Better Software Conference & EXPO 2006


Into the Crystal Ball - Emerging Trends in Plan-Driven Development

Plan-driven development is challenged today by Agile methods, outsourcing trends, and a new emphasis on IT governance and program management. The days of straightforward software development projects are over as project managers must deal with delivery pressure from customers and the marketplace, teams distributed around the globe, and an increase in management and regulatory reporting. Using insight from her years of consulting, Carol Dekkers explores these challenges and recommends ways to adapt your practices.

Carol Dekkers, Quality Plus Technologies Inc
Introduction to the Capability Maturity Model® Integration (CMMI®)

Many organizations have achieved success in using the SEI Capability Maturity Model Integrated (CMMI®) as a framework for their process improvement program. Steven Lett describes the structure and contents of the CMMI®, including the continuous and staged versions of the model. He discusses each of the five maturity levels and their process areas, the specific and generic practices that exist within each process area, and the typical process documentation and work products required for each.

Steven Lett, The David Consulting Group
Leadership - The Forgotten Element of Agile Development

We often hear about the difficulties and failures surrounding Agile methodologies. Articles describe everything from team and execution issues to the inadequacy of Agile methods on large projects and failures in large organizations. The root cause of these issues is often not a flaw in Agile methodologies but rather a lack of Agile leadership. A commonly held belief is that Agile teams are self-motivated and that leadership is almost evil. Quite the opposite is true.

Michael Portwood, Spectra Intelligent Marketing, Inc
Managing Distributed Teams

Globalization, open source software, and cheap communications have forever changed the structure of software development project teams. Project managers face a new set of challenges with geographically distributed work teams. Unclear expectations, language and idiom differences, lack of direct supervision, and a lack of accountability are just a few of the issues that project managers must overcome.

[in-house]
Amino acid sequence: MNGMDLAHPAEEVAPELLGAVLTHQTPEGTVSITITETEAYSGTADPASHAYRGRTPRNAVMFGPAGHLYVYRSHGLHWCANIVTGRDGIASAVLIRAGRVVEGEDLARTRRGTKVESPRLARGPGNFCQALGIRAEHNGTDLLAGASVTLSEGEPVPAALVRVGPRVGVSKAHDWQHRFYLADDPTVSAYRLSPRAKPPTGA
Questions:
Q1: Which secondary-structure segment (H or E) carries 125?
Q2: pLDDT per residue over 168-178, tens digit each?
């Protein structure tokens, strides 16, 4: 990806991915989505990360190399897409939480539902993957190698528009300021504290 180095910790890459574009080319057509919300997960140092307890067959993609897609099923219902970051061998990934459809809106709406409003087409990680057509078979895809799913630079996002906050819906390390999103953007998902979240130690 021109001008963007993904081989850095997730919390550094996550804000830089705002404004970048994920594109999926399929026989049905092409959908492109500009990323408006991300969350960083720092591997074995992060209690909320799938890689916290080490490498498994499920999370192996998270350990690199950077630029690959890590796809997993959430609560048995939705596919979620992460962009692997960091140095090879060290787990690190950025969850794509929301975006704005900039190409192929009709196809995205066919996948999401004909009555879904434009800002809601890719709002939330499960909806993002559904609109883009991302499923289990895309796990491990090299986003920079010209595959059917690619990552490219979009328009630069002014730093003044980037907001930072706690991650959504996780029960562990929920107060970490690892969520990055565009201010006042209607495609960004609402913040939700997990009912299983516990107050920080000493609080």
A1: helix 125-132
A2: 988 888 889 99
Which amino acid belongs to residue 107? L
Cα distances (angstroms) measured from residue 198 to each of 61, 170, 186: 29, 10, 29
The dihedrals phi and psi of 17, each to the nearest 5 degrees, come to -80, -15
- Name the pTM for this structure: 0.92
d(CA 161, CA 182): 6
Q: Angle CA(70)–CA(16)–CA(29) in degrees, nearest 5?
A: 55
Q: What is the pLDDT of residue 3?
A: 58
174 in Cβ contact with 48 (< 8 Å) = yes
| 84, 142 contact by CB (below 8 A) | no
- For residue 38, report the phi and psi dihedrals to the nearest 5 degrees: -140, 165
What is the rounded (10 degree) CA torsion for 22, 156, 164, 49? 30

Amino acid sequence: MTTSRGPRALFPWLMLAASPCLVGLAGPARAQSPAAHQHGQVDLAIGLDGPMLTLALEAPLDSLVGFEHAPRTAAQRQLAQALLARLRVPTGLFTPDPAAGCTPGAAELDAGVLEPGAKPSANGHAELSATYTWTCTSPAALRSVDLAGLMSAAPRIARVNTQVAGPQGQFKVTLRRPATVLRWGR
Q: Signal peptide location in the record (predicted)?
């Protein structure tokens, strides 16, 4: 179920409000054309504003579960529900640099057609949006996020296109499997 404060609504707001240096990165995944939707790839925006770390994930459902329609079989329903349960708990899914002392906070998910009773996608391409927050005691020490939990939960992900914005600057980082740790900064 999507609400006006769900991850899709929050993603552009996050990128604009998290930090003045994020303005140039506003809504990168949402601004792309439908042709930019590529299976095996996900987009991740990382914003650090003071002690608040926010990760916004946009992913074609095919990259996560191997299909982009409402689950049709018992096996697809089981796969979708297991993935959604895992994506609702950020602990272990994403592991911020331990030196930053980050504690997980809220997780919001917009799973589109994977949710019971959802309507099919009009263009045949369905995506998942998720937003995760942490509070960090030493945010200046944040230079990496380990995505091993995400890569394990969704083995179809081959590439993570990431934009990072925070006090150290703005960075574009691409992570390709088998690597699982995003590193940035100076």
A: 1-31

Keith Casey, CaseySoftware, LLC

Managing Upward: Getting Approvals for the Tools You Need

Executive management does not like to spend money (on others); however, to build better software you may need to purchase better tools. Although skilled in producing code and running software tests, many development and QA managers do not have much experience preparing proposals and driving requests for funding through the management approval process. To gain their enthusiastic approval, you need insight into the executive heart and mind to better frame your proposal.

Doug Smith, Aberro Software
Mentoring for Rookie (and Experienced) Managers

In the same way that every athlete needs a coach to help him develop and perfect their skills, software managers and technical leads need mentors to help them improve his leadership and management skills. Working with an effective coach should be part of every manager's personal career development plan. With his proven track record of identifying and developing strong technical managers, Kevin Bodie discusses how to find and recruit personal mentors. He also explains how to become a great mentor yourself.

Kevin Bodie, Pitney Bowes Inc
Operational Security in Software Development

Research conducted by CERT, the computer security incident response team based at the Software Engineering Institute (SEI), indicates that writing quality coding is not enough to ensure system security. Operating platforms, supported user devices, interface designs, linkages with legacy systems, source code management, data exchange protocols, and controls for authentication data among system modules all impact operational security.

Carol Woody, Software Engineering Institute
Patterns, Influence Strategies, and Stone Age Legacies

Struggling to help your team or organization become more innovative? Have great ideas but can't seem to get them off the ground? We all try to influence others, whether we want to move our department to a better development method or suggest a Friday night movie for the family. We discover new ideas to take back to our workplace but then struggle to make something happen. How can we successfully influence change? From her latest book Fearless Change:

Linda Rising, Specialist

Process Improvement - Can I Make a Difference?

Although some organizations already have formal processes in place, many do not. Most process improvement begins with one person or one department deciding to do something rather than accepting the status quo. With the right attitude, some simple tools, and a proven method for improvement, you can make a difference for yourself, your department, and ultimately, your organization. Stephanie Penland has helped numerous small and large organizations with process improvement.

Stephanie Penland, SAS Institute Inc
Retrospectives: Five Years Beyond the Book


Norm Kerth, Elite Systems


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